She added that this depends on where you live, but there is no federal protection against this happening from a privacy standpoint. Last year, Senator Ron Wyden (Raw Democrat) introduced The Fourth Amendment is not to the Sales Act, which would prevent data brokers from selling personal information to law enforcement or intelligence agencies without court oversight. But the legislation has not yet been put to a vote.

Wyden told KHN that he is “absolutely” concerned that people who seek abortions may be criminalized through their phone data.

“It’s a really ominous possibility that their personal data will be used as a weapon against them,” Wyden said. He said, “You have to decide on these massive data sets – are they going to protect the privacy of the women who deal with them? Or are they going to primarily sell to the highest bidder?”

In the absence of federal law, if law enforcement obtains a court-ordered subpoena, it can be difficult for the company to resist turning over data on a particular case.

“Given the breadth of surveillance laws in the United States, if a company collects and retains information, that information is subject to compulsion by law enforcement,” he said. Amy Stepanowicz, privacy attorney and vice president for US policy at the Future of Privacy Forum. “They do not necessarily have the ability to lawfully retain this information from law enforcement once the appropriate process has been carried out.”

However, even in states with strict abortion restrictions on the books, a lot depends on how those laws are structured. Last month, for example, the murder of a Texas woman charged with an “intentional abortion” I refused After the attorney general found it did not violate state law, which criminalizes abortion providers, not patients.

if Raw vs. Wade 14 states have so-called employment laws that will take effect automatically and ban abortions entirely or after specific time periods – for example, six weeks or 15 weeks, According to KFF . analysis.

“It’s really complicated under the hood, but I don’t think people should blindly assume that their data is safe from legal process,” Savage said. It added that it could depend on the company’s approach to the subpoenas. Some will fight them while others will not.

Take Apple, for example, which Repeatedly resist Unlock iPhones for law enforcement in high-profile cases like the 2015 San Bernardino shooting. Data in Apple’s Health app, which includes a cycle tracker, is “encrypted and inaccessible by default,” according to the Company privacy policy. All health data in the app is kept on the person’s phone, not stored on servers. But at the same time, Savage said, people who live in low-income communities don’t always own an iPhone because it’s an expensive piece of equipment.

Ovia’s Privacy Policy states that the Company may provide data to law enforcement authorities if required to do so by law or a subpoena. However, the company said in a statement that it has “never provided Ovia user data to any government, and we have never received any government requests for access to Ovia user data.” There is also an option in the Ovia account settings to permanently delete account data.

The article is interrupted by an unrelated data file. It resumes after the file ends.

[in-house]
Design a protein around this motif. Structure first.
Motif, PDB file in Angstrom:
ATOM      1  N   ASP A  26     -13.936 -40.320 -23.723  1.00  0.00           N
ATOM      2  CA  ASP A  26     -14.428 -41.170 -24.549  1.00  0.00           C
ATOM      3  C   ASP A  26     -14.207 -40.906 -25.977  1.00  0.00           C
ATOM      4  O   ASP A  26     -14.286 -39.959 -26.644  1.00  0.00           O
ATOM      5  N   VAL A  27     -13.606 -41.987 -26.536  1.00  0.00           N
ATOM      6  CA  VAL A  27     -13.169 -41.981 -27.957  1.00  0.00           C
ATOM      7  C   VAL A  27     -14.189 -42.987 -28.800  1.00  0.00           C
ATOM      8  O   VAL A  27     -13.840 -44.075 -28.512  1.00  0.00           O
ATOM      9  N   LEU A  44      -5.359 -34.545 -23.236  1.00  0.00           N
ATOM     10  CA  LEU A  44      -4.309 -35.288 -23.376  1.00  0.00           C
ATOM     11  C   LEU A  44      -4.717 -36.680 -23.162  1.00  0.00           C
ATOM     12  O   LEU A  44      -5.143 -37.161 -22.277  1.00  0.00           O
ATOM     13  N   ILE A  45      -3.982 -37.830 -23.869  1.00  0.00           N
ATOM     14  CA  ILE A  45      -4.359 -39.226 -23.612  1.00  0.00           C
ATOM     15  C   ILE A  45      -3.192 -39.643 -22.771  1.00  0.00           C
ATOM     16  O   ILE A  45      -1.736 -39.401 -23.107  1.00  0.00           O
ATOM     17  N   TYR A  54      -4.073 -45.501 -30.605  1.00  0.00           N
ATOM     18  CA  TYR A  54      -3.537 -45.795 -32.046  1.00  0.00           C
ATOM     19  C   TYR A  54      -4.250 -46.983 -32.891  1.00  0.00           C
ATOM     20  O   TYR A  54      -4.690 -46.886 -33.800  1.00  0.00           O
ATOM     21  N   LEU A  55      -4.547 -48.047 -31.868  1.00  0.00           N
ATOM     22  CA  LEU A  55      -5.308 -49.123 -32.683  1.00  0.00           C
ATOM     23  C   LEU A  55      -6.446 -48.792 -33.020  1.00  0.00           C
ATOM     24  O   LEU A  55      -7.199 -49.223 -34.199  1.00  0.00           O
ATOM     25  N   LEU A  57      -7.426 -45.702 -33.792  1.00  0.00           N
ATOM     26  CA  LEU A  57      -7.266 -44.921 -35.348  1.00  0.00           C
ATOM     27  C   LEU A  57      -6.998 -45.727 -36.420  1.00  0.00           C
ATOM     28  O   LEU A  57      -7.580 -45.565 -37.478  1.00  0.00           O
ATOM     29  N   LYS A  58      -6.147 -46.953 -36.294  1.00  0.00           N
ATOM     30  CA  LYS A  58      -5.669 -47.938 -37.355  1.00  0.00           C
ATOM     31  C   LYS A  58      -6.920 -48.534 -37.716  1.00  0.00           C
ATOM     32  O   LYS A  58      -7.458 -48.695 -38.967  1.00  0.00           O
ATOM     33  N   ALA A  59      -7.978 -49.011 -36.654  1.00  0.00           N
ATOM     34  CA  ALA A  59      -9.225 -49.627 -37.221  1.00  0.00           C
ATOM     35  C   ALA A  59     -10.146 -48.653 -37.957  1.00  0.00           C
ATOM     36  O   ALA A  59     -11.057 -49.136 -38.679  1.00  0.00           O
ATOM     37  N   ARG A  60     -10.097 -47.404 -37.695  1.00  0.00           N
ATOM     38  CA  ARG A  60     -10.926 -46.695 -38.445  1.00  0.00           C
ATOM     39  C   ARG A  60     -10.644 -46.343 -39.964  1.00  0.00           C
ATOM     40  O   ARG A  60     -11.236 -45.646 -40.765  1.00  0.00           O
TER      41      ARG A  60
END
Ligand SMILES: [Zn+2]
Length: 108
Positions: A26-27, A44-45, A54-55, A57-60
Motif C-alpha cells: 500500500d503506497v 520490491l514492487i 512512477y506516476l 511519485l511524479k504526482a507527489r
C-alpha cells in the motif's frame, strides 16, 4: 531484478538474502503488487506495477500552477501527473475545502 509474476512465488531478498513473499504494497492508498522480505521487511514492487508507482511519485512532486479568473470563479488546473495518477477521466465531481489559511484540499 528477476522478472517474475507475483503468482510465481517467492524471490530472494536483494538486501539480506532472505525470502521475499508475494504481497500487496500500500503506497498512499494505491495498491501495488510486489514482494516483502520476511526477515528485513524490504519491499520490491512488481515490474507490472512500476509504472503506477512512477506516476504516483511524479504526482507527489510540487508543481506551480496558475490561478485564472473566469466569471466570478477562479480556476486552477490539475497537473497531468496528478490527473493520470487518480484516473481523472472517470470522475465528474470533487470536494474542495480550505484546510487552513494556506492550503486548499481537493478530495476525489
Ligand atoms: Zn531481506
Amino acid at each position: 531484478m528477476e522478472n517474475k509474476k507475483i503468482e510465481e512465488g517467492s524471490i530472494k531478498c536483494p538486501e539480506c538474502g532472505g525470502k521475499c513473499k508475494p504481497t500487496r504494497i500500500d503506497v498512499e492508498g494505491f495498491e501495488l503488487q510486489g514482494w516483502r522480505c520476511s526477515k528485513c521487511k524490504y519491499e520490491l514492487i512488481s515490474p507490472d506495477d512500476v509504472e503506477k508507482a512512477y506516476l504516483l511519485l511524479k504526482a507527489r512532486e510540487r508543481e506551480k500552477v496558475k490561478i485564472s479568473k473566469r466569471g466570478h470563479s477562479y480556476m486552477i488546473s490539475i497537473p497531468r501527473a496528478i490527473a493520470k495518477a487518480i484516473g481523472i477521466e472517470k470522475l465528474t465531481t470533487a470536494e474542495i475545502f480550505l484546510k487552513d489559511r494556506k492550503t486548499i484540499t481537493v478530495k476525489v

Despite the guarantees in place under the GDRP, period trackers can still be called up in Europe as well. Li Tiana senior lawyer at the Electronic Frontier Foundation.

“even in [European Union] Tian said companies are subject to US legal action, although it will take longer. “The United States has mutual legal treaties with other countries, including the European Union, and law enforcement knows how to share information.”

Has this type of information been used by public officials or law enforcement agencies before?

Officials with anti-abortion views have benefited from period tracking information in the past. In 2019, former Missouri Health Director Dr. Randall Williams got it spreadsheet Tracking the menstrual periods of women who visited Planned Parenthood in an effort to identify patients who experienced a miscarriage that failed to terminate a pregnancy.

During the Trump administration, Scott Lloyd, former refugee resettlement chief and anti-abortion activist, admitted Tracking the menstrual cycles of teenage immigrant women trying to prevent them from having an abortion.

“We’re now thinking about cycle trackers the way we’ve been thinking about facial recognition software for years,” Savage said.

Should you delete a period tracker app?

Experts said it’s unlikely that a period tracking app will be the only evidence used if someone is building a case against you for seeking an abortion.

“Frankly, I think if law enforcement or a civilian investigator were trying to figure out who was doing the abortion, there would probably be several other places that were more realistic or more useful right away,” Stepanovich said. She continued, “They could potentially get a dump of information about relevant data, such as trying to get the location information of every person who was delivered near an abortion center, which is a much smaller data set, or getting people who called abortion hotlines at times specific”.

Stepanovich added that as long as someone uses a smartphone with any kind of apps on it, there is a risk that the data could be obtained and used as part of a criminal or civil trial. Conclusion: The only way to completely avoid risks is to not use the smartphone.

But McGraw took a more cautious approach: “If I lived in a country that thought data could end up in the hands of law enforcement, I wouldn’t track [my period] Absolutely.”

Ultimately, people who use neighborhood time tracking apps should be aware of the risks of using technology considering the benefits it brings to their lives.

“You have to think about what you need in terms of tracking your period,” Tian said. “You have to weigh in and ask yourself, ‘How important is this comfort really to me?’ “

KHN (Kaiser Health News) is a national newsroom that produces in-depth journalism on health issues. Along with policy analysis and survey, KHN is one of the three major drivers in KFF (Caesar Family Foundation). KFF is a non-profit organization that provides information on health issues to the nation.